Friday, 15 February 2013

Dharwar: A southern seat of Hindustani music (Part I)

By Gowri Ramnarayan

A sleepy town in north Karnataka, Dharwar flowered quite suddenly in the twentieth century into a prominent centre for Hindustani music, a departure from the 1880s when the region boasted Carnatic musicians of local fame. The formation of the Bombay Presidency by the British meant the merger of a part of Karnataka, north of Tungabhadra, with Maharashtra, sparking a dynamic interaction between people of different language groups, transforming the culture of Karwar, Belgaum, Bijapur and Dharwar. Somehow remaining undrawn into the freedom movement, the local populace had the leisure to enjoy drama and music.

The advent of Marathi drama cultivated in North Karnataka residents a taste for Hindustani music. Great musicians like Sawai Gandharva, Mallikarjun Mansur and Basavaraj Rajguru did theatre in their youth. Gangubai Hangal’s interest in natyasangeet made her family decide to train her in Hindustani rather than Carnatic music practised by her mother Ambabai and grandmother Kamalabai.

The fortuitous presence of several stalwarts fostered the love of north Indian music in the district. Bhaskarbua Bhakle who taught at the training college at Dharwar had many fans beside his disciples. Bhakle’s teacher Naththan Khan, court musician at Mysore, came to give advanced lessons to his pupil. His son Dulhe Khan stayed close by to train several women singers, like Pyarabai who had a lovely voice. Badalibai had the powerful personality to meet the demands of the Agra gharana.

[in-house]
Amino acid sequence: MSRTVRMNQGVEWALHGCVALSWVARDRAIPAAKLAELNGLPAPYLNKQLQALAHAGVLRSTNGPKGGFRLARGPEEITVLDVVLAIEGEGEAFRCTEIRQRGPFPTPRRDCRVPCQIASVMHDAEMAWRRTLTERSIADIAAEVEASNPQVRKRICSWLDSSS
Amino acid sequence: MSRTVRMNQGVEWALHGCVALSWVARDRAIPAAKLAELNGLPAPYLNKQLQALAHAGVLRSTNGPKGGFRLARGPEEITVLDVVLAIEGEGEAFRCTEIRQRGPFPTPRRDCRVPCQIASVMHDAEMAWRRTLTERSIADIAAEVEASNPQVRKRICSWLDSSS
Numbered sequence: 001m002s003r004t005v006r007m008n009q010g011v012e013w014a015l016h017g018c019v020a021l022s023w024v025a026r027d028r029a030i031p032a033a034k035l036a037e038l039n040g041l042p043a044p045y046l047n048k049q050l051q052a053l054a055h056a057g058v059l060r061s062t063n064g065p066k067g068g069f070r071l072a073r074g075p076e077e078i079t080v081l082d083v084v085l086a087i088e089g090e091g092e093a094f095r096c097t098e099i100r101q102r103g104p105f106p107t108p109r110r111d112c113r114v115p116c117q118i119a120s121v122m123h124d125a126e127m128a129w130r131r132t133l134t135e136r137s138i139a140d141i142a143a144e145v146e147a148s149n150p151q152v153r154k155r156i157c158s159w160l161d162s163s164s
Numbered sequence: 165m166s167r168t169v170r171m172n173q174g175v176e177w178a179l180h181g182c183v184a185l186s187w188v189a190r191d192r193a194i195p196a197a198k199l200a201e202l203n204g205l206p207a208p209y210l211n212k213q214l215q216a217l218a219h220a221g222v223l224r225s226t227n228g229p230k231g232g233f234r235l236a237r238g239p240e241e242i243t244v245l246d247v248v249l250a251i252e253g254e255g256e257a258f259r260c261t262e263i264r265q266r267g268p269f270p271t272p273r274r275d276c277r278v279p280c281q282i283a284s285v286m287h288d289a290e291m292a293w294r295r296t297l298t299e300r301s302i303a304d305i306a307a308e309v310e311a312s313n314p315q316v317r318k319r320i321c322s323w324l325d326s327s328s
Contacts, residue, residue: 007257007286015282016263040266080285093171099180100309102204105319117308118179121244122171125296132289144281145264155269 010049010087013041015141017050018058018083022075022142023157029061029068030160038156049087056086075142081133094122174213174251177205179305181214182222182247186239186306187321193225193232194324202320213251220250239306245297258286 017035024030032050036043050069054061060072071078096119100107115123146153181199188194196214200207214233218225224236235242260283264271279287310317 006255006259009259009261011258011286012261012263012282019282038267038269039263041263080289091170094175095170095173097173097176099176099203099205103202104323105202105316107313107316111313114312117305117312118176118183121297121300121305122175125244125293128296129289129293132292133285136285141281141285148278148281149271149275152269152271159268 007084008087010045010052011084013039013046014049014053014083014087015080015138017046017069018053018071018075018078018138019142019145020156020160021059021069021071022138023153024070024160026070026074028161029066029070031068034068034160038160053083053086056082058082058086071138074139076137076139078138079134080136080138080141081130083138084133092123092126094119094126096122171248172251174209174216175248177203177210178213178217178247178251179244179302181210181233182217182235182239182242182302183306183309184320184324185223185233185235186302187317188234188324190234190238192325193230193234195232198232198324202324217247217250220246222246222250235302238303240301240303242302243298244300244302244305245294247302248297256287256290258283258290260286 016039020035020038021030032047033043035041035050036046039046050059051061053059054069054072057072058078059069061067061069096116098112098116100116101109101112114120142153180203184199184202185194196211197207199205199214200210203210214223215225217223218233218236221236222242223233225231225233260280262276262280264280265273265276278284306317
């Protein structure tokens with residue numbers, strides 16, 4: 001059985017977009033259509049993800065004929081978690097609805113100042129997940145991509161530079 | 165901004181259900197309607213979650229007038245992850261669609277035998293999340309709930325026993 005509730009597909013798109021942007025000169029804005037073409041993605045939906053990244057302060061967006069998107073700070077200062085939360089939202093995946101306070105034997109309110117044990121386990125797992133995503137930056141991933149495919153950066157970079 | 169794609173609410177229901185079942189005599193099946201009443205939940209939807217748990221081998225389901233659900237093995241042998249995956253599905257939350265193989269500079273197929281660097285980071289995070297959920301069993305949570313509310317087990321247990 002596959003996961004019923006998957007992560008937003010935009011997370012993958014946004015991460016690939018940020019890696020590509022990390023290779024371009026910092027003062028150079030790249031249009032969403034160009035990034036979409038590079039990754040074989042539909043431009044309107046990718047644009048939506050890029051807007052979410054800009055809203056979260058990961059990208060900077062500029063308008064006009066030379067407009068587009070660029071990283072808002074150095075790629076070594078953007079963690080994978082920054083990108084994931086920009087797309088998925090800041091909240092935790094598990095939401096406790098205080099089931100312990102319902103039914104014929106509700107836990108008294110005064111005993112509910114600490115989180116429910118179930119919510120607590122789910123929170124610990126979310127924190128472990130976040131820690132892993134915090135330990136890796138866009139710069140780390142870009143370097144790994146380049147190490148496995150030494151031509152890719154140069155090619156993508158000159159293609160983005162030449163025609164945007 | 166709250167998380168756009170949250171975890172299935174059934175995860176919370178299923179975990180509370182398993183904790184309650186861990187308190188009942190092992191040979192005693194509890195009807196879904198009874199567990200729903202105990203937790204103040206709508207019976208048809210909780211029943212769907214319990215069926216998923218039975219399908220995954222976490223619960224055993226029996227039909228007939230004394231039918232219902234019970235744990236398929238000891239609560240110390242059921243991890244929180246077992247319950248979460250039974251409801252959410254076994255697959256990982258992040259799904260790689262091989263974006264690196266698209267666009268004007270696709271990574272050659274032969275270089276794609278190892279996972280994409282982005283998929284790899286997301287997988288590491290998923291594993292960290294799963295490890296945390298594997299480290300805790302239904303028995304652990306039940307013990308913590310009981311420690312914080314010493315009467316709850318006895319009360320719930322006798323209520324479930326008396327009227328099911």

North Indian artists, invited to perform in Mysore, especially during the Dussera celebrations, often broke their journey at Dharwar, where they found the weather as pleasant as the people. Connoisseurs like Vakil Pitre housed them and conducted baithaks to which attendance was free. Zamindars in Jamkhandi and Sangli were equally ready to play hosts and patrons. The ashrams in the region had swamijis with a taste for devotional music. The blind vocalist Panchakshari Gavai set up the Vireshwar Punyashram in Gadag town—a music school which encouraged blind or otherwise handicapped pupils. Many Dharwar, Murukhar and Devangere maths promoted music as a spiritual pursuit.

Celebrity vocalist Abdul Karim Khan from village Kirana in the north made extended stays in Dharwar and Hubli. On a visit to Kundgol village close by, Khansaheb happened to notice a boy humming the Bhairavi he had rendered the previous evening. This was Ramrao, the son of his host’s munim. At the host’s suggestion, the senior artist agreed to take the boy as his disciple if he followed him to Miraj, where he taught students who signed an eight year contract to study without breaks and distractions!

Despite his many concert tours Khansaheb made it a point to be at Miraj during the festival of the Khwaja Mirasaheb dargah. Thousands gathered to hear his expansive Todi, Jaunpuri and Bhairavi sung seated under a neem tree beside the tomb.